The new indictment charges CARLOS RAMIREZ, JESUS  PEREZ-CABRAL, DAVID RODRIGUEZ, JOHNNY BELTREZ and RICHARD RODRIGUEZ with Conspiracy in the Second Degree, Criminal Possession of a Controlled Substance in the First and Third Degrees, Criminal Facilitation in the Second Degree and Criminal Possession of a Firearm. The indictment supersedes charges in two previous indictments that named these defendants.

The June 19, 2017 sale was allegedly conducted by RAMIREZ, 27, a resident of Colorado, who met with an undercover officer in the vicinity of Elton Avenue and East 154th Street at approximately 11:40 p.m. Upon placing a package wrapped in tape inside the undercover officer’s vehicle, RAMIREZ was immediately approached by members of the Financial Investigations Team (FIT) and disclosed that he was staying at the nearby Umbrella Hotel, 681 Elton Avenue, in room 708.

As agents approached room 708, they noticed a black duffel bag sitting on top of a vending machine. Closer examination revealed the bag contained 17 packages, most of which were taped in the same manner as the package recovered from the car.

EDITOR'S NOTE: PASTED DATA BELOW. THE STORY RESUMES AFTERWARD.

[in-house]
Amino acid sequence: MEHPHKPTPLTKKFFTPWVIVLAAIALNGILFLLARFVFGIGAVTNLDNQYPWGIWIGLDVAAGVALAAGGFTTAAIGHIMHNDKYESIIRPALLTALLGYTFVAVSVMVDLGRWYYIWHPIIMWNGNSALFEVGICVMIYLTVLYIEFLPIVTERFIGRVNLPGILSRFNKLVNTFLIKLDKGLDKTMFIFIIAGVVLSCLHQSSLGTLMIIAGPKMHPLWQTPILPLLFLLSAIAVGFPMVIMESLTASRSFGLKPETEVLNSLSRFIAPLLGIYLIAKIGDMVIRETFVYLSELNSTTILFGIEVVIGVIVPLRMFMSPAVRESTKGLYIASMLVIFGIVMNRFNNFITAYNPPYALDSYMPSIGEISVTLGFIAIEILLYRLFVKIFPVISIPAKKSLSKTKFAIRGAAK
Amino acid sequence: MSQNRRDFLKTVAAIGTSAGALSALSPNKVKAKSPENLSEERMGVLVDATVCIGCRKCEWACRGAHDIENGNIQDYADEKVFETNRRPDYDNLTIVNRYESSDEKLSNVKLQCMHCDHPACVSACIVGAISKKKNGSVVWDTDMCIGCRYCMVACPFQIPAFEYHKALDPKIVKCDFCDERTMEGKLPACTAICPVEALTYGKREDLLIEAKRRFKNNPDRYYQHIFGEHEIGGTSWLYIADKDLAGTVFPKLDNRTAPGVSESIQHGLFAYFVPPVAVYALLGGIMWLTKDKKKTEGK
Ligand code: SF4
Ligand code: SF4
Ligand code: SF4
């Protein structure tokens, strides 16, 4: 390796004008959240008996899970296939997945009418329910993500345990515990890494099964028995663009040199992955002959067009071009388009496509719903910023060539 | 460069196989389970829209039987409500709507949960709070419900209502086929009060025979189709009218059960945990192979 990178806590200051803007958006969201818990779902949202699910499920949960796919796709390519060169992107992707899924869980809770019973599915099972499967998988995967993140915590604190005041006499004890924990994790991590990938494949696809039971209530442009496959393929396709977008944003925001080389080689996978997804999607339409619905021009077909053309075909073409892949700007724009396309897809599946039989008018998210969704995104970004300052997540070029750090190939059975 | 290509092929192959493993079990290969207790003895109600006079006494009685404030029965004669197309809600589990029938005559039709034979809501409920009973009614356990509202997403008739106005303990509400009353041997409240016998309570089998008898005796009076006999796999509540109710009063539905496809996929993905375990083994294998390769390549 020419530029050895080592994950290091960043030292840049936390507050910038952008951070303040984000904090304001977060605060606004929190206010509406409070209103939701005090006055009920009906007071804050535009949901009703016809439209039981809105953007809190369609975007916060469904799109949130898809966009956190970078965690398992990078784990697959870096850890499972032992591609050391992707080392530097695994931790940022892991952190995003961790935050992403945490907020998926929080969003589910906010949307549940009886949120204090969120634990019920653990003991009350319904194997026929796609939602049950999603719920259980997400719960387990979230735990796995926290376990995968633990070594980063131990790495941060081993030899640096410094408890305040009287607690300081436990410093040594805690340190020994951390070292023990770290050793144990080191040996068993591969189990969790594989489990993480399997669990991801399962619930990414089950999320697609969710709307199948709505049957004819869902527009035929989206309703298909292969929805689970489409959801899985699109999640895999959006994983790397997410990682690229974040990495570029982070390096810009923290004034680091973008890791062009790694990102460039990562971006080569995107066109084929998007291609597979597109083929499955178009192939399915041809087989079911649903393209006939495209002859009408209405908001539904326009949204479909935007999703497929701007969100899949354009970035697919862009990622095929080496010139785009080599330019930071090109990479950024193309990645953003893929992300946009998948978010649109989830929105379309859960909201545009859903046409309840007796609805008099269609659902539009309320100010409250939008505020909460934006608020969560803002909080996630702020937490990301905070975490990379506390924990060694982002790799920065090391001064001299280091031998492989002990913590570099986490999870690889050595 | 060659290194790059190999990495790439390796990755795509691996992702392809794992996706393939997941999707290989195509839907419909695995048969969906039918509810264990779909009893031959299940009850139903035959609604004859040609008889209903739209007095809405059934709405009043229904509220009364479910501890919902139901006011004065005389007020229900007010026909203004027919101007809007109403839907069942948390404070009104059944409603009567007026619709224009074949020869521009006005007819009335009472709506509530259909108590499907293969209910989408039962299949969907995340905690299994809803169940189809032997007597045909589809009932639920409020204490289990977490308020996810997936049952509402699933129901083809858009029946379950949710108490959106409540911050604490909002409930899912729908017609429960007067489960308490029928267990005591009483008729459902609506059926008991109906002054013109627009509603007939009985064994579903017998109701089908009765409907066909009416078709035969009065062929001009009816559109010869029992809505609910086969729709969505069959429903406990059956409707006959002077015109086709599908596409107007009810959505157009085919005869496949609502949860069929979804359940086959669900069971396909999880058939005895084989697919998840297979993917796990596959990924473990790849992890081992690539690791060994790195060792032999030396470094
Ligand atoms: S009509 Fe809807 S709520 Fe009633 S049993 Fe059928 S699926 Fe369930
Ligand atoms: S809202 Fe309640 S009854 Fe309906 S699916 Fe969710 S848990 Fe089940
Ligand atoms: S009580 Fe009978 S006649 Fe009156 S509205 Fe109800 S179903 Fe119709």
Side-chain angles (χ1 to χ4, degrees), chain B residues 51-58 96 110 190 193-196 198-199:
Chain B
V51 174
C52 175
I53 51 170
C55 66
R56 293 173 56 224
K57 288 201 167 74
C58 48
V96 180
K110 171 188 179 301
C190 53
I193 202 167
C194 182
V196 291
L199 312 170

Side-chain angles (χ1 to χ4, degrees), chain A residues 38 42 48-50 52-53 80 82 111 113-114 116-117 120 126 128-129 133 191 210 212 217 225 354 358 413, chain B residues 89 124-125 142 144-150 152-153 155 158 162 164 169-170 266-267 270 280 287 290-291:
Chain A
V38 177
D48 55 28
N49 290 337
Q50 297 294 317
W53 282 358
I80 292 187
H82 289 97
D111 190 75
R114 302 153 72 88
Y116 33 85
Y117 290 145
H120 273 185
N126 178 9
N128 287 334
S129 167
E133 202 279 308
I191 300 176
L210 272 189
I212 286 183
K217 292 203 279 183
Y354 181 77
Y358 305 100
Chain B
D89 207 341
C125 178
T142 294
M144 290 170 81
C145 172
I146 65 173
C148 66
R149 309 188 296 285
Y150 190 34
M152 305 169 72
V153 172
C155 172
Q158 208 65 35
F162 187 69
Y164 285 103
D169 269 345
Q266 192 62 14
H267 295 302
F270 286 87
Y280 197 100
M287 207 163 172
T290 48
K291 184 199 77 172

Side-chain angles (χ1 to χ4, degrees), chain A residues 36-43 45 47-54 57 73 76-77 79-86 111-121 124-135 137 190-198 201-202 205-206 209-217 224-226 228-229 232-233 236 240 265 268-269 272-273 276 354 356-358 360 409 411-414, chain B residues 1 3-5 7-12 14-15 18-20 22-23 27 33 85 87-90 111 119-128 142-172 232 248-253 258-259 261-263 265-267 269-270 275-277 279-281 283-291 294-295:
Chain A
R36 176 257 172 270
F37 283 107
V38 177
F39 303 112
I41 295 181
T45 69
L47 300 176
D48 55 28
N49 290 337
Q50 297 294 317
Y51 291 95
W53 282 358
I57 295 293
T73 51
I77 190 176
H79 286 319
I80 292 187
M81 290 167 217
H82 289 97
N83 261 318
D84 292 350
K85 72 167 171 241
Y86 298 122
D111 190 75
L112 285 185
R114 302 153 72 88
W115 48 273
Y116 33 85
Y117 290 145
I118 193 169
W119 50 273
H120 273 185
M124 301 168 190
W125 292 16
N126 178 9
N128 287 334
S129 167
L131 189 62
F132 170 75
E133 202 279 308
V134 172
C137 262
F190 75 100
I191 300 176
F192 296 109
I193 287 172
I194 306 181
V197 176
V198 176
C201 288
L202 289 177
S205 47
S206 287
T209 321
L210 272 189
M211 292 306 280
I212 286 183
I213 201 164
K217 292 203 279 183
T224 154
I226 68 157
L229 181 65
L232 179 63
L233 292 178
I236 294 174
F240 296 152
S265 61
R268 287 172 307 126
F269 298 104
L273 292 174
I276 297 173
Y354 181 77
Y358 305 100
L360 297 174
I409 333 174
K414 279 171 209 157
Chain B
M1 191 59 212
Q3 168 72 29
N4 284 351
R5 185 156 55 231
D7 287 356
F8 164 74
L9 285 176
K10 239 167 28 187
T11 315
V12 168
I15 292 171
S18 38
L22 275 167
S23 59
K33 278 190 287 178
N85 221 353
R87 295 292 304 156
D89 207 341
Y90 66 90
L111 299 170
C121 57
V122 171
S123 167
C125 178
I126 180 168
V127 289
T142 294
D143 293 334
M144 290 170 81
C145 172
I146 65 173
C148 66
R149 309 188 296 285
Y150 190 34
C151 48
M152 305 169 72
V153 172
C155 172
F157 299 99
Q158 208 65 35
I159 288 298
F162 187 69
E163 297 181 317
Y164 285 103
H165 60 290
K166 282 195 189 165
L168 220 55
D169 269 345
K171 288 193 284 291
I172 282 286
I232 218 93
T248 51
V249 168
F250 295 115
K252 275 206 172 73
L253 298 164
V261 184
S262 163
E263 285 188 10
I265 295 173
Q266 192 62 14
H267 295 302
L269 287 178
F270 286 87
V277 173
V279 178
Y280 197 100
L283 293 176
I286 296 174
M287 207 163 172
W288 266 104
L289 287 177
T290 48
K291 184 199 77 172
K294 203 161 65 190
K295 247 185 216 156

Subsequent DEA laboratory analysis determined the packages contained fentanyl, as well as the substance 4-anilino-N-phenethyl-4-piperidine (ANPP), which is a precursor chemical used in the production of fentanyl.  ANPP is separately defined as a controlled substance under the New York State Penal Law and Public Health Law. At the time, this was the largest seizure of fentanyl on record by DEA New York Division.

Following this seizure, QUIROZ-ZAMORA and the undercover officer remained in contact and negotiated another sale that was to take place on August 4, 2017. QUIROZ-ZAMORA put the undercover officer in contact with PEREZ-CABRAL, 20, a Manhattan resident who allegedly maintained a drug stash location at 448 Central Park West near 105th Street.